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Footnotes Issue #84: June 14th, 2014

  Georgia to Lead on Climate Solutions (With Your Help)

Plant Scherer

Last week was a historic one if you care about the future of our planet. President Obama and the Environmnetal Protection Division have proposed the first-ever limits on carbon from power plants - the largest source of climate pollution. In fact, Georgia is home to the single largest carbon polluter: Plant Scherer, just north of Macon,emits 21 million tons of carbon dioxide a year equivalent to 4.5 million cars.

This standard is a big, substantive step forward in reducing carbon emissions. And while it won’t solve the problem by itself, it sets us up to make some pretty major progress and sends a signal to the rest of the world that we in the U.S. are ready to get serious.

Georgia has historically been a disproportionate part of the problem, but in recent years we have made quick progress by reducing our dependence on coal dramatically, from about 70% to less than 40%. Because we still have a lot of gains that could be made in terms of energy efficiency and renewable energy and because EPA factored in the carbon-free generation expected from the two new units from Plant Vogtle, Georgia was given an aggressive (but achievable!) goal of 44% reduction in carbon pollution by 2030.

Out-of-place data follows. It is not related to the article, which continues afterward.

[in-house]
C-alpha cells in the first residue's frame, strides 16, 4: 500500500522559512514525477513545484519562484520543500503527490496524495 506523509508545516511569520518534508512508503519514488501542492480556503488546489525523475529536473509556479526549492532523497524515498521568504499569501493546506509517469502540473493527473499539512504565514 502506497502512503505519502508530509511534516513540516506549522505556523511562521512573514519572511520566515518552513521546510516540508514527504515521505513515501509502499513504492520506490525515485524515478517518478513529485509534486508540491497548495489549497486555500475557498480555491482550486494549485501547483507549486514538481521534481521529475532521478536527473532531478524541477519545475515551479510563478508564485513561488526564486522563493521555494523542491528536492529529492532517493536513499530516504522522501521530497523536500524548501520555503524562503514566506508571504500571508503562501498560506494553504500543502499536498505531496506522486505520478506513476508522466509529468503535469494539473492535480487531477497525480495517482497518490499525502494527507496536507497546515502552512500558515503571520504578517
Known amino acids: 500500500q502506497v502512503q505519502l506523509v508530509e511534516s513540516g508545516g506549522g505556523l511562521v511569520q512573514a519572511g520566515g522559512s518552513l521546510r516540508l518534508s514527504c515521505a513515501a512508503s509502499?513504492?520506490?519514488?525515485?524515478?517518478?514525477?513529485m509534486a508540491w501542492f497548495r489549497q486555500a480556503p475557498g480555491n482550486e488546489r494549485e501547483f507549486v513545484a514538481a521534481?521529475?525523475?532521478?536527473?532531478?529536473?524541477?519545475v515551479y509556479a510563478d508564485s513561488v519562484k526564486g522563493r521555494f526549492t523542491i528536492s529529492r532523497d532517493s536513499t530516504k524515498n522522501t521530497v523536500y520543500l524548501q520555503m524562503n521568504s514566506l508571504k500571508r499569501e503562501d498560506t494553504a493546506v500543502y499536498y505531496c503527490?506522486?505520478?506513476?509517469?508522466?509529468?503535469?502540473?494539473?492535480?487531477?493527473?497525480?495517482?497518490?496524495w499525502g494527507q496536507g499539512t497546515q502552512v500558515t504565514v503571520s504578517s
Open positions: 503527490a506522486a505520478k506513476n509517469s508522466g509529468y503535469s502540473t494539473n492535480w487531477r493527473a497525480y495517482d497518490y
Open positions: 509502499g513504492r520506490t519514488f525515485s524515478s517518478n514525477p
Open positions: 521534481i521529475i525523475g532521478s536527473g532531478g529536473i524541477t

The reaction from our utilities and many of our elected officials was disappointing, especially given how much progress we’ve already made. You would think they would have more of a can-do attitude, as they have learned from experience that protecting the environment and growing the economy can go hand and hand.

Our Public Service Commissioners, who won’t be in charge of developing our implementation plan but will play a role in the energy efficiency and renewable energy pieces of it, reacted strongly. Chairman Chuck Eaton claimed the new rules will raise rates, Commissioner Tim Echols took to Twitter to blast the President for hurting Georgia and the South, while Commissioner Stan Wise complained about the President’s “war on coal”.

It seems they’ve forgotten that we’ve already reduced our carbon emissions 22% in Georgia while we’ve been recovering from a recession, and that they’ve already been turning climate risk into business opportunity.  Even in coal’s brightest days in Georgia, when it was producing about 70% of our electricity, it accounted for about 2,700 jobs in Georgia. In 2012, there were already 10,000 jobs in the solar, wind and energy efficiency industries, and those are the ones that are poised to continue to grow.

Let’s make sure they also don’t forget that the real cost is inaction. We are already seeing the effects of climate disruption in the form of floods, severe droughts, record heat and superstorms. These events are costing us more money in more places, more often.

Atlanta is the site of one of only four hearings across the country. Sign up today to ensure that the President, the EPA, and our local elected officials now that Georgians want strong, swift, decisive action to reduce carbon pollution and protect our climate!